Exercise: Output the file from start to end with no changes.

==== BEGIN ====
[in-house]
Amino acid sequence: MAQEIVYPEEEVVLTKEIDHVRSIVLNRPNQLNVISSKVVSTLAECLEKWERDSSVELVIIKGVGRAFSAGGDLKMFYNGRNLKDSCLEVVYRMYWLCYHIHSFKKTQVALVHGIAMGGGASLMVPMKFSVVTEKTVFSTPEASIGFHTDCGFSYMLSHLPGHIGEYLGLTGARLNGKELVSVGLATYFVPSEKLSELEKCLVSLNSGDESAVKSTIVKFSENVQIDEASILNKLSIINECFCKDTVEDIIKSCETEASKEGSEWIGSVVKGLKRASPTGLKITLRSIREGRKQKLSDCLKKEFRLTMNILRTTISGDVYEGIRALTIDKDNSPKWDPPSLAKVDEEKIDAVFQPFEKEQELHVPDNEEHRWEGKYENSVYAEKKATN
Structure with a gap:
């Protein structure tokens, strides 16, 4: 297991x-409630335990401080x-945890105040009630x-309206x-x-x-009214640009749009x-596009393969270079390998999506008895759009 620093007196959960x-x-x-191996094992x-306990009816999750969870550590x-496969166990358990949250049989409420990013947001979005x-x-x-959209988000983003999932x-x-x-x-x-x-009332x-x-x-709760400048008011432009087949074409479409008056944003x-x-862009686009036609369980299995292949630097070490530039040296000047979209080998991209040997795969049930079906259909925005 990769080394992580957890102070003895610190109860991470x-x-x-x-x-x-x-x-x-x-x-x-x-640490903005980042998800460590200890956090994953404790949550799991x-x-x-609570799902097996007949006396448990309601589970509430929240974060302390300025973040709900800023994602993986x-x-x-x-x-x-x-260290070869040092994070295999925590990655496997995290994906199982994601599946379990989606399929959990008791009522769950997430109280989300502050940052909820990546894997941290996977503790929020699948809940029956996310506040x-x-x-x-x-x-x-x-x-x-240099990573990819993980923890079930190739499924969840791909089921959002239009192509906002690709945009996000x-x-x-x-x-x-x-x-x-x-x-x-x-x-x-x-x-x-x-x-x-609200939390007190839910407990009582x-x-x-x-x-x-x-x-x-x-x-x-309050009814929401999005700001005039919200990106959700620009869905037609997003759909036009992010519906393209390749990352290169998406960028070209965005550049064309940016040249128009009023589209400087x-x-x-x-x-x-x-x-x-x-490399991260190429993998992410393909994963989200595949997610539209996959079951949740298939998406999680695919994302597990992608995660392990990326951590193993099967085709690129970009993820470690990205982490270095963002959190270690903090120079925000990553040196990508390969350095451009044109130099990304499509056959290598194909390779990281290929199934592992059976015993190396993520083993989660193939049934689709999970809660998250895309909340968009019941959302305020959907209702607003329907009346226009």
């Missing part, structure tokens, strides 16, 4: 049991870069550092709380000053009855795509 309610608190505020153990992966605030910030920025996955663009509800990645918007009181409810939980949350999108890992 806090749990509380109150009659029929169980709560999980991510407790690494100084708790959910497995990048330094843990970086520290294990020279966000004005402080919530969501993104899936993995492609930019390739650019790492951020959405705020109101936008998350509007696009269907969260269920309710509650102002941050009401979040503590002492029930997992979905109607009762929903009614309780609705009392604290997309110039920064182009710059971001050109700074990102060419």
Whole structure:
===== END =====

[in-house]
Amino acid sequence: MAQEIVYPEEEVVLTKEIDHVRSIVLNRPNQLNVISSKVVSTLAECLEKWERDSSVELVIIKGVGRAFSAGGDLKMFYNGRNLKDSCLEVVYRMYWLCYHIHSFKKTQVALVHGIAMGGGASLMVPMKFSVVTEKTVFSTPEASIGFHTDCGFSYMLSHLPGHIGEYLGLTGARLNGKELVSVGLATYFVPSEKLSELEKCLVSLNSGDESAVKSTIVKFSENVQIDEASILNKLSIINECFCKDTVEDIIKSCETEASKEGSEWIGSVVKGLKRASPTGLKITLRSIREGRKQKLSDCLKKEFRLTMNILRTTISGDVYEGIRALTIDKDNSPKWDPPSLAKVDEEKIDAVFQPFEKEQELHVPDNEEHRWEGKYENSVYAEKKATN
Structure with a gap:
């Protein structure tokens, strides 16, 4: 297991x-409630335990401080x-945890105040009630x-309206x-x-x-009214640009749009x-596009393969270079390998999506008895759009 620093007196959960x-x-x-191996094992x-306990009816999750969870550590x-496969166990358990949250049989409420990013947001979005x-x-x-959209988000983003999932x-x-x-x-x-x-009332x-x-x-709760400048008011432009087949074409479409008056944003x-x-862009686009036609369980299995292949630097070490530039040296000047979209080998991209040997795969049930079906259909925005 990769080394992580957890102070003895610190109860991470x-x-x-x-x-x-x-x-x-x-x-x-x-640490903005980042998800460590200890956090994953404790949550799991x-x-x-609570799902097996007949006396448990309601589970509430929240974060302390300025973040709900800023994602993986x-x-x-x-x-x-x-260290070869040092994070295999925590990655496997995290994906199982994601599946379990989606399929959990008791009522769950997430109280989300502050940052909820990546894997941290996977503790929020699948809940029956996310506040x-x-x-x-x-x-x-x-x-x-240099990573990819993980923890079930190739499924969840791909089921959002239009192509906002690709945009996000x-x-x-x-x-x-x-x-x-x-x-x-x-x-x-x-x-x-x-x-x-609200939390007190839910407990009582x-x-x-x-x-x-x-x-x-x-x-x-309050009814929401999005700001005039919200990106959700620009869905037609997003759909036009992010519906393209390749990352290169998406960028070209965005550049064309940016040249128009009023589209400087x-x-x-x-x-x-x-x-x-x-490399991260190429993998992410393909994963989200595949997610539209996959079951949740298939998406999680695919994302597990992608995660392990990326951590193993099967085709690129970009993820470690990205982490270095963002959190270690903090120079925000990553040196990508390969350095451009044109130099990304499509056959290598194909390779990281290929199934592992059976015993190396993520083993989660193939049934689709999970809660998250895309909340968009019941959302305020959907209702607003329907009346226009």
């Missing part, structure tokens, strides 16, 4: 049991870069550092709380000053009855795509 309610608190505020153990992966605030910030920025996955663009509800990645918007009181409810939980949350999108890992 806090749990509380109150009659029929169980709560999980991510407790690494100084708790959910497995990048330094843990970086520290294990020279966000004005402080919530969501993104899936993995492609930019390739650019790492951020959405705020109101936008998350509007696009269907969260269920309710509650102002941050009401979040503590002492029930997992979905109607009762929903009614309780609705009392604290997309110039920064182009710059971001050109700074990102060419």
Whole structure: